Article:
If your image of a steakhouse conjures up uncomfortable wooden chairs, dim lighting and men conducting business deals in a dark and smoky atmosphere, you have not yet been to Eddie Merlot’s.
Located in Gateway Center in the space that once housed the former Palomino and Elements restaurants, Eddie Merlot’s is a literal bright spot in Pittsburgh’s steakhouse scene. The décor is cheery and colorful, the floor plan is open and bright, the chairs are cushy and comfortable, and the wall artwork is unique and original. And while many men do frequent the restaurant, you will likely find the majority of patrons to be of the female variety.
“We really designed the tables, what’s on the tables, the lighting, the design, the colors of the restaurant, all around women,” said Bill Humphries, president of the Platinum Group, which owns the Eddie Merlot group of restaurants. This is because, he said, women control the dining choices almost 2/3 of the time, both at home and in business.
The other two demographics Eddie Merlot’s aims to please are the Baby Boomers with a $100,000 plus income, and the occasional diner—most likely a 30-something out for a night with friends or a date.
Although the building recently had housed two other restaurants, it was not move in ready.
Humphries and his team made structural changes to the restaurant by expanding the footprint by adding 2400 square feet. “We gutted and added space to really make an imprint of saying, ‘We’re new; it’s completely different than before.’”
They also put in a sliding door leading to an outdoor porch. Al fresco diners have a view of a park-like setting right in the heart of Downtown Pittsburgh. “We’re adding planters, lighting, and music out on that patio over the summer months to really kick off the patio,” he said. This will include offering lighter fare and putting in an outdoor bar.
Eddie Merlot’s is the only restaurant in the U.S. that offers Greg Norman Wagyu 20 oz. Bonein New York Strip, a superior cut of Australian cattle with a high marble score of 7-9.
“A normal prime age beef is rated at about a score of 4-5, and so you’re almost doubling the quality of a prime aged steak. It is also very hard to get those marbling scores in the beef. The taste is phenomenal,” explained Humphries.
Although the menu is a veritable carnival for carnivores, such as the succulent Braised Short Rib Strogranoff or the Bison Filet Mignon, there are many other options, such as the Cedar-Roasted Salmon, the Vegetarian Gnocchi, and the Niman Ranch Frenched Pork Chops. The chefs are always willing to accommodate special dietary needs. There is also a full lunch menu, a children’s menu, and a scrumptious dessert menu.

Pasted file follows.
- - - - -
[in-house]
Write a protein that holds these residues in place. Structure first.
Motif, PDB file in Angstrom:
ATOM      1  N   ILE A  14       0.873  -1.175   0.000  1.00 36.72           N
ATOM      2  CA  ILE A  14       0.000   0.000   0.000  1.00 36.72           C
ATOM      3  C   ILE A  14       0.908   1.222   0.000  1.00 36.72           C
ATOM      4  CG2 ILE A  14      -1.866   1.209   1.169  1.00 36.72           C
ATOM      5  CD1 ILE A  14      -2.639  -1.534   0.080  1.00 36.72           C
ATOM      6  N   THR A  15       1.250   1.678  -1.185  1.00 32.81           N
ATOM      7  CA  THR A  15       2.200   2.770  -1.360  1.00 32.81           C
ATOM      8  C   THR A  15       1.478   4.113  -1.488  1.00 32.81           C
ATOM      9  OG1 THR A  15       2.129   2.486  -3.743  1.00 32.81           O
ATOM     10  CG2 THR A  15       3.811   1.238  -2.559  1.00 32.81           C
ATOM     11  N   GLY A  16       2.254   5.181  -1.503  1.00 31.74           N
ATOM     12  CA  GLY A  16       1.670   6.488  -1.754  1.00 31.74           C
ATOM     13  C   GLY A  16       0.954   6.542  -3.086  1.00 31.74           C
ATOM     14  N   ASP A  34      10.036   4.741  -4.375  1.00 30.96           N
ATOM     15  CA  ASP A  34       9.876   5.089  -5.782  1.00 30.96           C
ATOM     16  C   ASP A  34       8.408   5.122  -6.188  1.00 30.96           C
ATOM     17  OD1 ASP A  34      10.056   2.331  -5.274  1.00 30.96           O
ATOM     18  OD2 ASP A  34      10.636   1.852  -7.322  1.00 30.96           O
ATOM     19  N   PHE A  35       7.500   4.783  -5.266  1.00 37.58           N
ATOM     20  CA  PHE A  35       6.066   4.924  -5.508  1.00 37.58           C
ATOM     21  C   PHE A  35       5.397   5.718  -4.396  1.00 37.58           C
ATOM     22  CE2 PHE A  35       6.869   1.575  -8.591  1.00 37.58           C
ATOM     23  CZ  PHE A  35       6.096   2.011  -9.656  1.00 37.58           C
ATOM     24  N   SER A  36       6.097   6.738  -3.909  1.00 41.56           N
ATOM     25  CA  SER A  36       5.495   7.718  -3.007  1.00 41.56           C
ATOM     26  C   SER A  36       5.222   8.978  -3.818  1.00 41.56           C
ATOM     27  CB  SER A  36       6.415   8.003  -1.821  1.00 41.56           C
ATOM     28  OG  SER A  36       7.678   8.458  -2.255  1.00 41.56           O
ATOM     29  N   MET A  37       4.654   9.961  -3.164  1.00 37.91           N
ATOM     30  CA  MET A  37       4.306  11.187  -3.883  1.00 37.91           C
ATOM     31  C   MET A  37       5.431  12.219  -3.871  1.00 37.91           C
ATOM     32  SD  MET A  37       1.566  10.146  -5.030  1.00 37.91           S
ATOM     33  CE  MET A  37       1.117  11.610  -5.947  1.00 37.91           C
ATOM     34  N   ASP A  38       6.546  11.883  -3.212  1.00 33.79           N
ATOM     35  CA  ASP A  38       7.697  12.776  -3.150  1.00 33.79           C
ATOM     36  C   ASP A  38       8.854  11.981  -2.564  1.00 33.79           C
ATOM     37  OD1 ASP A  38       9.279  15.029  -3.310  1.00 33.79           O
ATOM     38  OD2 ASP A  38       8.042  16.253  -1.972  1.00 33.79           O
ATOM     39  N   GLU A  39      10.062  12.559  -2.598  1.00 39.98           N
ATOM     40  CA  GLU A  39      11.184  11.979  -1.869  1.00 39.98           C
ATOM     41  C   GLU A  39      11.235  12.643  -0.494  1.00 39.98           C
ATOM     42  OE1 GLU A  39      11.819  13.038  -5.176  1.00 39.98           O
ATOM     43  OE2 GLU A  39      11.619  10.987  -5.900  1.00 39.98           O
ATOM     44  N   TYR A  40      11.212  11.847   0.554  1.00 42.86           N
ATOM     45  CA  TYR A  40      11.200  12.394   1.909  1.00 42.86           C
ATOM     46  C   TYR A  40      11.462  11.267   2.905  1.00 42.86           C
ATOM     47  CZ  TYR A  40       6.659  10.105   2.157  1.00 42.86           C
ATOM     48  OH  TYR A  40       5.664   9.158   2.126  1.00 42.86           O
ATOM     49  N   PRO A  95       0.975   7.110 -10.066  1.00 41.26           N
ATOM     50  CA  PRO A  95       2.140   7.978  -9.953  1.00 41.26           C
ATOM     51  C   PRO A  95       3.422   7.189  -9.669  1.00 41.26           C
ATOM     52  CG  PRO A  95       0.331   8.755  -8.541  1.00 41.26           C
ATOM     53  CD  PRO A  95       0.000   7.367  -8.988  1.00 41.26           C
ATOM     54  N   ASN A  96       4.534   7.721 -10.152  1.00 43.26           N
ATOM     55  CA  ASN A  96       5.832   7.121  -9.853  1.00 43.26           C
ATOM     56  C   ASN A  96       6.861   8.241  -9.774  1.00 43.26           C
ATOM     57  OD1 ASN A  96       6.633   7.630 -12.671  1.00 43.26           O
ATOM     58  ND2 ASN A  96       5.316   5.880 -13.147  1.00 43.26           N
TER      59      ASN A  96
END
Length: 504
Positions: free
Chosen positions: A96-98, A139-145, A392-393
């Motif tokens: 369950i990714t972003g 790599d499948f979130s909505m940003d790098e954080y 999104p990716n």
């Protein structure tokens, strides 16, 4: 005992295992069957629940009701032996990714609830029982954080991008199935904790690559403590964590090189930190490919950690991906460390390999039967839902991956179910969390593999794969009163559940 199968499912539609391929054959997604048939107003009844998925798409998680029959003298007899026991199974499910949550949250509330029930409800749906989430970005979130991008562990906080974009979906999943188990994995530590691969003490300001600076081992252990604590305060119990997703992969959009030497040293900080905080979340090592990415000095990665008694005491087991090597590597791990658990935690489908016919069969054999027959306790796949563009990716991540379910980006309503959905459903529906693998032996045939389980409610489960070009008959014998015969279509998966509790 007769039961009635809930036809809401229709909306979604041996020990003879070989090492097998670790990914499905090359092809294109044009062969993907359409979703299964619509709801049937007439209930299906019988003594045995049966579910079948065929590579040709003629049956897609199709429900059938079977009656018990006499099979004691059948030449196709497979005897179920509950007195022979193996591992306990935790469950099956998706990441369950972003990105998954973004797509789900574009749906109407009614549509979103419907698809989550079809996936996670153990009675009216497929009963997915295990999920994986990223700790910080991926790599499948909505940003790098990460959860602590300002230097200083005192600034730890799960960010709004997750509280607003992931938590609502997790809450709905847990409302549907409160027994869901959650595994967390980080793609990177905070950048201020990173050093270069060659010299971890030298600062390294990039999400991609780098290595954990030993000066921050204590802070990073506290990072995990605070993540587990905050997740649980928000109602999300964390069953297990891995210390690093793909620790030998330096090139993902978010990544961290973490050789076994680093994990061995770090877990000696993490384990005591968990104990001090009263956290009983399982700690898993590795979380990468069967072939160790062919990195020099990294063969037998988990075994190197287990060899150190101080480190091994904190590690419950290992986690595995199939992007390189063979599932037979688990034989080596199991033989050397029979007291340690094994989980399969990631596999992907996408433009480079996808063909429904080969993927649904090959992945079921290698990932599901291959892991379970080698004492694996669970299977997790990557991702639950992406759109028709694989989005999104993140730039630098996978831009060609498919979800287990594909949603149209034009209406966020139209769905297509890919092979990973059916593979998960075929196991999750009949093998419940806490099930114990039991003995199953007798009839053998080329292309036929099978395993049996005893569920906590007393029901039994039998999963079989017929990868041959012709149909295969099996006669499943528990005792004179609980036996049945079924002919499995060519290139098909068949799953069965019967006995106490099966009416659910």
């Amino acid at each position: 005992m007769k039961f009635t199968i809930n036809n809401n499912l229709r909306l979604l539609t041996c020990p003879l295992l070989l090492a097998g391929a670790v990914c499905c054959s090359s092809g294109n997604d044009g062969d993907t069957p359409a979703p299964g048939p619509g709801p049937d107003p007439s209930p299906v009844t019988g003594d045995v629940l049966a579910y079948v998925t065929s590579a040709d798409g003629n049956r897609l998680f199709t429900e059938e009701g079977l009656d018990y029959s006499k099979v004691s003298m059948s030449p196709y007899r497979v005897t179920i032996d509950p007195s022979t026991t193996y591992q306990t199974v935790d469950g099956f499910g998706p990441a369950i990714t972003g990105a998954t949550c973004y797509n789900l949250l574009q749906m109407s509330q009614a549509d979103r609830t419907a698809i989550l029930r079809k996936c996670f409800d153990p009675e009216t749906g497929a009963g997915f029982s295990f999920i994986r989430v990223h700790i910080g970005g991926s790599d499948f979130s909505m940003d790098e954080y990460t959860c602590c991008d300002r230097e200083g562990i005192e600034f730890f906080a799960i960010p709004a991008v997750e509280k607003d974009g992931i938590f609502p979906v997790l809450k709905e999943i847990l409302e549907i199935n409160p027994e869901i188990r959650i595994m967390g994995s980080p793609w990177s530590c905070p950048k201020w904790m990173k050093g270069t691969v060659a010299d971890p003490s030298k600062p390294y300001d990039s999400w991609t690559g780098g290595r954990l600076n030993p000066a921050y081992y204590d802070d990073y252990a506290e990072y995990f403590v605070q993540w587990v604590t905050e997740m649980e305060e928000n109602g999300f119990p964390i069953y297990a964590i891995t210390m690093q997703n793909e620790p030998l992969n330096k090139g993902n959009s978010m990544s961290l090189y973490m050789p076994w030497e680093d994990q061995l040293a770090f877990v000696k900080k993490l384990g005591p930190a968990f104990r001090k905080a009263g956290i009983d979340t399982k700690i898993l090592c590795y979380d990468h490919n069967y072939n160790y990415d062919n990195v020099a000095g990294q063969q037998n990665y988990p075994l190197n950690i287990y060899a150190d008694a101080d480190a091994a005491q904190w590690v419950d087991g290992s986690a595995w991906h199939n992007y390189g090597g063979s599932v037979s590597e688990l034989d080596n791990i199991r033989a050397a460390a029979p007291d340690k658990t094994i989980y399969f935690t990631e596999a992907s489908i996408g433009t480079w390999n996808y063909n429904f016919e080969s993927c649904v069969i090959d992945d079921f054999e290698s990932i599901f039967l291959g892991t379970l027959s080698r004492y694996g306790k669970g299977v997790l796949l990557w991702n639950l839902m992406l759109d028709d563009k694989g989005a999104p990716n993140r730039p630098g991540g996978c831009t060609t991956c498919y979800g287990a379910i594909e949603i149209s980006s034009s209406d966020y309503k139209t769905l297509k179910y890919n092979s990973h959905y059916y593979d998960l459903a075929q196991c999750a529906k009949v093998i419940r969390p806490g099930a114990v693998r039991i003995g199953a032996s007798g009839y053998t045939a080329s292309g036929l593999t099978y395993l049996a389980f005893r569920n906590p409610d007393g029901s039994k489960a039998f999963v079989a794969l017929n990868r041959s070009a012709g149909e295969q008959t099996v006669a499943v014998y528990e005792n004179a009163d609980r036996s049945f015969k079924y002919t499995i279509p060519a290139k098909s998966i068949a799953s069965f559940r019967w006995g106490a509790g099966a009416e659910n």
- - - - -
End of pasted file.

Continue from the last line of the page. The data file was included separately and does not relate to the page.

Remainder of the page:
And with a name like Eddie Merlot’s, it is indisputable that an extensive wine menu is an important hallmark of the restaurant’s concept, accounting for about 30% of their business, with 50 wines by the glass and 250 varieties of bottles.
“We have different promotions throughout the year that really highlight what we are doing in our wine program,” said Humphries. For example, a summer promotion called ‘Let it Flow at Eddie Merlot’s’ offers wine flights of either three reds, three whites, or three of each (wines with rating scores of 90 plus), for a special price. Other seasonal promotions are offered six times per year.
While a comfortable but chic ambience permeates the dining room, and private rooms cater to business meetings, the lounge, offering weekend entertainment, is more relaxed and casual. A separate menu, though as equally delectable as the main dining room menu, offers such fare as Prime Cheeseburgers, made from ground Filet Mignon, Strip, and Ribeye Steaks, and small plates like Tempura Shrimp Tacos and Tuna Nicoise.
“Eddie Merlot’s caters to people who want to be casual, and it caters to people that want to be very intimate, but it also means ‘I want to be seen’ in the marketplace, too,” said Humphries.
Before he became the face of Eddie Merlot’s, Humphries was an executive at Subway, having opened the first Subway in Indiana, becoming the very first franchise operator in the state. Eventually, he became a development agent for Subway; he is still involved with all 850 franchised Subway shops in Northern Indiana and Ohio.
So how did a Subway executive from Fort Wayne, Indiana come to open a steakhouse in Pittsburgh?
While on the board of directors at Subway, his travels in the mid-90s took him around the country, exploring long range planning in fast food and noting where the trends would be heading in the 2000s and 2010s.
“I saw how the fast food business was going to have to change, and so was the steakhouse business,” he said. He started playing with a model of steakhouses, how they would have to re-image themselves in the 2000s. While traveling around the country, he started to develop the concept of Eddie Merlots, initially as a hobby.
The hobby transitioned to a reality when Humphries opened the first Eddie Merlot’s in his hometown of Fort Wayne, Indiana in 2001, and within several years, branched out into other locations.
As for launching into the Downtown Pittsburgh market two years ago, it made economic sense.
“We saw what was happening in redevelopment, what was happening in future growth from the technical side of companies coming but also the resurgence of growth of opportunities happening here in Pittsburgh. We just liked all the economic factors of growth in Pittsburgh in the many years ahead,” said Humphries.
Plus, Humphries has a soft spot for the Steel City, having been a major Steelers fan since the 1970s.
“Our business still is growing every month in Pittsburgh; we don’t feel like we have even begin to hit our peak of what we can do in the Pittsburgh market-it has been a great unit since we opened”, he said. “We’re very happy to have so many repeat guests and new people are still discovering us on a regular basis as well.”
Four Gateway Center,
444 Liberty Ave,
Pittsburgh, PA 15222
412.235.7676 | EddieMerlots.com